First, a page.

A SURE-FIRE highlight of the Galway Film Fleadh will be Finky, the locally-made debut feature from writer/director Dathaí Keane, creator of the award-winning series An Klondike.
Co-written by Keane and Diarmuid de Faoite, and produced by Abú Media’s Eileen Seoighe and Pierce Boyce, Finky centres on Micí Finky, a crippled musician who gets a chance at redemption when he joins a violent, avant-garde, circus. He embarks on a twisted odyssey which brings him from the west of Ireland to Glasgow but, as his journey becomes increasingly hellish and surreal, he realises he must confront his tormented past if he is to find peace.
Over a Monday morning coffee, Keane revealed how the film came together and the kind of wild ride it will offer audiences. “The original idea for Finky was loosely inspired by Padraic O’Conaire’s novel Deoraíocht," he says. "I approached Diarmuid de Faoite about working with me on it has been very involved in O’Conaire’s work. He was keen to come on board, we got together and the concept completely changed over the course of the writing.
"Diarmuid is such a talented artist that he pushed it in new and exciting directions. He brought so much to it and pushed me in exciting ways. It wouldn’t have been half the project without him, and he also appears in the film as the character Bang Bang.”
Keane and de Faoite [pictured below] also drew inspiration from some of the famous shows they saw in the arts festival down the years. “I remember growing up and every year you’d see people like Els Comediants, Royal de Luxe, and Archaos with shows that were exciting and full of ‘sturm und drang’ with motorbikes and chainsaws,” Keane recalls. “Both Diarmuid and myself were keen for Finky to have a foot in that sensibility as well. There is a core emotional journey in the film, which is about Finky dealing with his guilt, but around that we have constructed this fantastic world of chainsaws and motorcycles and people having crazy madcap adventures.”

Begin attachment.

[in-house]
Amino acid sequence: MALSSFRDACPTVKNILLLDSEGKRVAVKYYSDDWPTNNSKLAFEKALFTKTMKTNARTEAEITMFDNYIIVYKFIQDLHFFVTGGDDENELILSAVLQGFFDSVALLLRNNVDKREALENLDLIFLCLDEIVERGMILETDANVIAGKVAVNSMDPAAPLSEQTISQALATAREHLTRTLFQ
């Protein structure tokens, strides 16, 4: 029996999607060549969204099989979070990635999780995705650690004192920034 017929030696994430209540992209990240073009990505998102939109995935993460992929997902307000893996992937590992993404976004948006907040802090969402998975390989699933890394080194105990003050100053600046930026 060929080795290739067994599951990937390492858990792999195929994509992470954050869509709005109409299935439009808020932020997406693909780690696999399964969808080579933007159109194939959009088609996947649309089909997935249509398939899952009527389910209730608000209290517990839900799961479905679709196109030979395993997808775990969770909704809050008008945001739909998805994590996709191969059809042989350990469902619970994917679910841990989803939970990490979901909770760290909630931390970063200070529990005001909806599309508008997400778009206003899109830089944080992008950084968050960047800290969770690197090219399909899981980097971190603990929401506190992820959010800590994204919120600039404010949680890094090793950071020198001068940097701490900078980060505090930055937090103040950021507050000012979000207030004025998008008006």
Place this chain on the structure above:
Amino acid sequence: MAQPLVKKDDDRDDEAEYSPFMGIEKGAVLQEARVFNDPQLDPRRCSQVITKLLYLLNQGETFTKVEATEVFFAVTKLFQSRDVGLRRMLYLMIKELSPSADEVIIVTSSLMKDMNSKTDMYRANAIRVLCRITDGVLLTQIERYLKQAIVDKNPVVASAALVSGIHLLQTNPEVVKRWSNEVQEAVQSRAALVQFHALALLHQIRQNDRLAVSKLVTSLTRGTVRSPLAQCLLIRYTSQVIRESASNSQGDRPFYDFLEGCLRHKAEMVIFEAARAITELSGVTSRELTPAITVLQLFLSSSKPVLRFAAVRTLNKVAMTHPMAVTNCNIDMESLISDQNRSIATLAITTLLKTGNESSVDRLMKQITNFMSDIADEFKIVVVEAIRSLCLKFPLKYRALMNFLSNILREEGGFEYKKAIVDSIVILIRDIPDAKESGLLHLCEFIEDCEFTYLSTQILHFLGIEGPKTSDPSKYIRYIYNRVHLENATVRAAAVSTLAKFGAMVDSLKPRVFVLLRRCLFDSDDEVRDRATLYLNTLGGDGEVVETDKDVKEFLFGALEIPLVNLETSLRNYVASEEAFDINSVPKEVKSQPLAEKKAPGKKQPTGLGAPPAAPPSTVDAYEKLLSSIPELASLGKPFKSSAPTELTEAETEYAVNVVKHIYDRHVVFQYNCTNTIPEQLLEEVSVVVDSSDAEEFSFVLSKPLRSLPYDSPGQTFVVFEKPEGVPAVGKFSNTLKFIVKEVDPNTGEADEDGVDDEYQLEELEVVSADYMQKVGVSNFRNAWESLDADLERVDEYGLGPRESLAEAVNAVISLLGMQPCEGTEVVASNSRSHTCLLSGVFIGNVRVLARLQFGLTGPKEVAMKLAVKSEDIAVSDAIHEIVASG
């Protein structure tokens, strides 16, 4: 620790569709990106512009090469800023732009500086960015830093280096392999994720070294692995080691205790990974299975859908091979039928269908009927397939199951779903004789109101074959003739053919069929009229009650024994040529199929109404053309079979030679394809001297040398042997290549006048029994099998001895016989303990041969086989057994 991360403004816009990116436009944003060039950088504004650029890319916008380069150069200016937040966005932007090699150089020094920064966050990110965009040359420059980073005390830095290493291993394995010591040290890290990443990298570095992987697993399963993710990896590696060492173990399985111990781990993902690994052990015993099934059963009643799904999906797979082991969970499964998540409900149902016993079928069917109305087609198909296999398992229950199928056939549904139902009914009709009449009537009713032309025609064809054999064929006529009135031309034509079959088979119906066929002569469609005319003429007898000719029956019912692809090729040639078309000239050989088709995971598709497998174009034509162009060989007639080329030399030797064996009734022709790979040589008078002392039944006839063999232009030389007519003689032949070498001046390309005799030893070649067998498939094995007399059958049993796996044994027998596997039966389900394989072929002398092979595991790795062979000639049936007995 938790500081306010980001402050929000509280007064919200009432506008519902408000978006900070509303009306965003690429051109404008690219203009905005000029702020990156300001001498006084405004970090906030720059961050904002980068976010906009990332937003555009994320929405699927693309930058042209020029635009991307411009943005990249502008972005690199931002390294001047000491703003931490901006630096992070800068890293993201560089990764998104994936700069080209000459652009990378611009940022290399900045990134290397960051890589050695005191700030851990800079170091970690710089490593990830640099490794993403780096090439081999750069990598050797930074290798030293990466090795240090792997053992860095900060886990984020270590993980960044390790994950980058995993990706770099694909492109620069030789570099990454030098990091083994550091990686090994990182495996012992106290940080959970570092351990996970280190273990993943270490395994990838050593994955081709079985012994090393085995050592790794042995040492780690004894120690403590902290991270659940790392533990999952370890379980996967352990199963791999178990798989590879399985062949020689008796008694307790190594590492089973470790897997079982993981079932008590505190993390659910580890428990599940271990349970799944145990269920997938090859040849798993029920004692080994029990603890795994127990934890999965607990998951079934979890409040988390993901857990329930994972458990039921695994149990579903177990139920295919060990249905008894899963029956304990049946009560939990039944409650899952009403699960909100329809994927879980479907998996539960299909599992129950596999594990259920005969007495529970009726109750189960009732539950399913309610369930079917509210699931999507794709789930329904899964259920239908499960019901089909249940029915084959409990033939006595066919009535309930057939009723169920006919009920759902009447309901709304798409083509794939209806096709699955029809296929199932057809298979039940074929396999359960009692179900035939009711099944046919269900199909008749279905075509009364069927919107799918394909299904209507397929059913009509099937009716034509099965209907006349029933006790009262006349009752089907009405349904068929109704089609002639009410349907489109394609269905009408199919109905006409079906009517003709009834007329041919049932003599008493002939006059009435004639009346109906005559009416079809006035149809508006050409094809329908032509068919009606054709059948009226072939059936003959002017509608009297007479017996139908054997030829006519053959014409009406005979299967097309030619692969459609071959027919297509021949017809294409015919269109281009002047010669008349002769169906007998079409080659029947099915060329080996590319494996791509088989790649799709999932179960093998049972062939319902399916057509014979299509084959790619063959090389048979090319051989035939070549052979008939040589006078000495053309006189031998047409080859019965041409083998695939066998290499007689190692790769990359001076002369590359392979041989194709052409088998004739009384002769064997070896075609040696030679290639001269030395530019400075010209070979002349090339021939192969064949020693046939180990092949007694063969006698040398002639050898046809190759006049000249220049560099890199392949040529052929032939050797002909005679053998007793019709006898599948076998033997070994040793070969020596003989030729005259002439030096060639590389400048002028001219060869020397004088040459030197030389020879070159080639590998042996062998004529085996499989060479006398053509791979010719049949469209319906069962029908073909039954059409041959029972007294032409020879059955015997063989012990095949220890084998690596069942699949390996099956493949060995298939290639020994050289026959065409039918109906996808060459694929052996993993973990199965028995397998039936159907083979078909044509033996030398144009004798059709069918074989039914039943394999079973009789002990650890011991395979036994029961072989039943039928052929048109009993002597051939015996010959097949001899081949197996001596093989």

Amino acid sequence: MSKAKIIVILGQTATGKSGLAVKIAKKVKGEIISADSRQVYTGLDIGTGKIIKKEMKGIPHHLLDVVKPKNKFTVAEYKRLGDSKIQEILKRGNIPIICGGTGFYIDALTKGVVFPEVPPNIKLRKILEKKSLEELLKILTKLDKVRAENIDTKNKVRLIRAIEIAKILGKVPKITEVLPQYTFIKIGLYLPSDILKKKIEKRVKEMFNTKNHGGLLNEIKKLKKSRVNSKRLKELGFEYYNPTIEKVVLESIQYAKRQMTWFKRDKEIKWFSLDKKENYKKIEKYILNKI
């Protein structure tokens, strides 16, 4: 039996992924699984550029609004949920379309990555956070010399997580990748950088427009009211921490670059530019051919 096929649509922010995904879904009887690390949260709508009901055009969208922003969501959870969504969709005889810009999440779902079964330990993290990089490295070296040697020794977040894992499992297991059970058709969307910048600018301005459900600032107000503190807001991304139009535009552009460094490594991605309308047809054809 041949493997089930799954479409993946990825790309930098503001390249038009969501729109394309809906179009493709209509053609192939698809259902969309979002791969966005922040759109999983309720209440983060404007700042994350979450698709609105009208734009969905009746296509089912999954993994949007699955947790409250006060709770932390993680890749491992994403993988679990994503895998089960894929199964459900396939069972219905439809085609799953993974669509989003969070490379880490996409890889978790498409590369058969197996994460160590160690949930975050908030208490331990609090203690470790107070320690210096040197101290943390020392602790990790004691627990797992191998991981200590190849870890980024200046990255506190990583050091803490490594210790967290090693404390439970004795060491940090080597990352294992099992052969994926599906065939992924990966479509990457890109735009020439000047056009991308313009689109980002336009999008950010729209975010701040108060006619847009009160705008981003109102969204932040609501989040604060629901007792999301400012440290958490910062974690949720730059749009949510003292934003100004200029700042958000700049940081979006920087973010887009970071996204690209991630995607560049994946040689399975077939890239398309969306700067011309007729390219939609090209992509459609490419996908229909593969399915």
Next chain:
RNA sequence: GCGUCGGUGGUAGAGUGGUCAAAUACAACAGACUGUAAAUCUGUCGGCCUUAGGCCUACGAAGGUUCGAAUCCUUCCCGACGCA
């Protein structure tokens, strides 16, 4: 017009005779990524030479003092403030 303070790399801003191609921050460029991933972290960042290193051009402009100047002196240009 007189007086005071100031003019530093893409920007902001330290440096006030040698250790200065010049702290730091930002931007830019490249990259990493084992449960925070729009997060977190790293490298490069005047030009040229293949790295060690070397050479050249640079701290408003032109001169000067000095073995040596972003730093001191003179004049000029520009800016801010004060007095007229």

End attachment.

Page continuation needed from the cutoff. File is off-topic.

Finky is played by Dara Devaney, who starred in An Klondyke. “In some ways it is a road movie and he encounters different people going along," says Keane. "He starts in the west of Ireland where he is at a dead end. He is a puppeteer and musician but not fulfilling his talent. When he goes on his journey he is joined by his best friend Tom Tom (Eoin Geoghegan ) and they go to Glasgow. There he encounters a violent, avant garde group of circus performers and musicians known as Carnival Chaotica who are led by the Fear Buí (Ned Dennehy ), who is the overlord of this group. Finky joins up with them and falls in love with Fear Buí’s daughter, Neilí, played by Fiona Gygax. It’s a story about him and her and also Fink forgiving himself and finding redemption. Dara is amazing in it; it is a tour de force performance from him."
Much of the film was shot in Ballinasloe. “We did four weeks in Ballinasloe and a week in Glasgow,” Keane relates. “Even though most of the story is set in Glasgow, we used Ballinasloe for most of our interior shots. Ballinasloe played a pivotal role with this film. We had loads of extras from the area; we had a circus tent set up on the Fair Green. We stayed out there and shot scenes in various bars. We don’t say in the film that it’s Ballinasloe, just a town in the west but visually it was the right look and the right size for what we wanted which was to have that contrast between Finky in Ireland and Glasgow which is bigger and more urban.”
Keane also highlights the contribution of Steve Lynch who composed the score for Finky. “Because Finky is a musician, and is trying to finish a piece of music that his hanging over him, Steve came on board at an early stage to design and write music for the him, and also for the band in the film. The overall score is very varied; it ranges from classical to Prodigy-style nineties dance, which is what the band play. Steve also uses a 40-piece choir from Budapest and a full concert orchestra for the film finale so he pulled out all the stops.”
Given its strong Galway flavour, Keane is delighted Finky is receiving its premiere at the fleadh and he salutes his fellow collaborators on the project. “I don’t agree with this whole notion of the auteur," he says. "Film is a piece of work where people come together and make it as a group. I am really proud to see all the work people have put into the film. Finky is totally different to anything I have done before. It was also exciting making this Irish language film that is steeped in Galway, as most of our cast and crew are Galway-based, so we’re proud to be showing it here at the Fleadh."
Finky will be screened on Thursday July 11 at 6pm in the Town Hall Theatre, followed by a Q&A session with the cast and crew. For tickets see www.galwayfilmfleadh.com